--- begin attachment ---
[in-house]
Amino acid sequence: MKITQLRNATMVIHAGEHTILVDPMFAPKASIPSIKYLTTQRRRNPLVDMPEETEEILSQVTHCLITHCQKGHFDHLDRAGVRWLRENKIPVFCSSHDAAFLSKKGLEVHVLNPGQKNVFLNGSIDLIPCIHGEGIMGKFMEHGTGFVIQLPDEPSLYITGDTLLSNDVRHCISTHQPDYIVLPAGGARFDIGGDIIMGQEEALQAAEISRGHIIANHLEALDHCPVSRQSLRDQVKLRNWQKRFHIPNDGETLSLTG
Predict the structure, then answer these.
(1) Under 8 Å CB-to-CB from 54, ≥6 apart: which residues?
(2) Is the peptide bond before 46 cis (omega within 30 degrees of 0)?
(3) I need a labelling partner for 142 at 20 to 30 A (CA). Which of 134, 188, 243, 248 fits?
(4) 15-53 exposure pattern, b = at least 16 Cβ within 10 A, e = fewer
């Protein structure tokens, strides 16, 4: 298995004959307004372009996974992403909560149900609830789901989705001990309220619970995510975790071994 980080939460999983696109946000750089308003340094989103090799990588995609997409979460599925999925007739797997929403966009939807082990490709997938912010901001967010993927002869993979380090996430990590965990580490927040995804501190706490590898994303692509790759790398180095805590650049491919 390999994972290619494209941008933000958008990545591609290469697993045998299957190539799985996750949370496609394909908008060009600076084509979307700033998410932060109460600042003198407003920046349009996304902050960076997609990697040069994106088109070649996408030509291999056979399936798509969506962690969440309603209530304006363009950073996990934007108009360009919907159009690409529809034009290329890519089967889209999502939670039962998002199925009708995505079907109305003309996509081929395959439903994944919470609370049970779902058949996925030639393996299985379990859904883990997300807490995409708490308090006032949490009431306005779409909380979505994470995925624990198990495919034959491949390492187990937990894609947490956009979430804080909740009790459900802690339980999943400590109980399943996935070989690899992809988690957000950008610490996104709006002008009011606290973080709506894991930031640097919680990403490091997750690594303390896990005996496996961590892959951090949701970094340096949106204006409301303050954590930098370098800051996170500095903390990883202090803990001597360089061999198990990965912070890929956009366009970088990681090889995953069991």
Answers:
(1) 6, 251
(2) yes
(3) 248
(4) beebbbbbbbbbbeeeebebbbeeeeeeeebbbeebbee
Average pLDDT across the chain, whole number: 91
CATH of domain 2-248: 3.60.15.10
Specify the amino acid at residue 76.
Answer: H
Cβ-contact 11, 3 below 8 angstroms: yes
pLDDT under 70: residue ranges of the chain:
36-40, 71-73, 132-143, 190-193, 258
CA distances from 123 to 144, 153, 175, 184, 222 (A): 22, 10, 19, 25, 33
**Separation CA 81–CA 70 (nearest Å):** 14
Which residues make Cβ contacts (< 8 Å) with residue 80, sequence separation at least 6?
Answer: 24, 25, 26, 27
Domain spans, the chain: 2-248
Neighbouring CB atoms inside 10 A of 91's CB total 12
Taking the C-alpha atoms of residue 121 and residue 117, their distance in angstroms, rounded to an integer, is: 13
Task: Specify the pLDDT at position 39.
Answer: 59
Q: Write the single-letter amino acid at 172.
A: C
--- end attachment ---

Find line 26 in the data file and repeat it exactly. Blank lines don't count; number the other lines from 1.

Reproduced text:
Neighbouring CB atoms inside 10 A of 91's CB total 12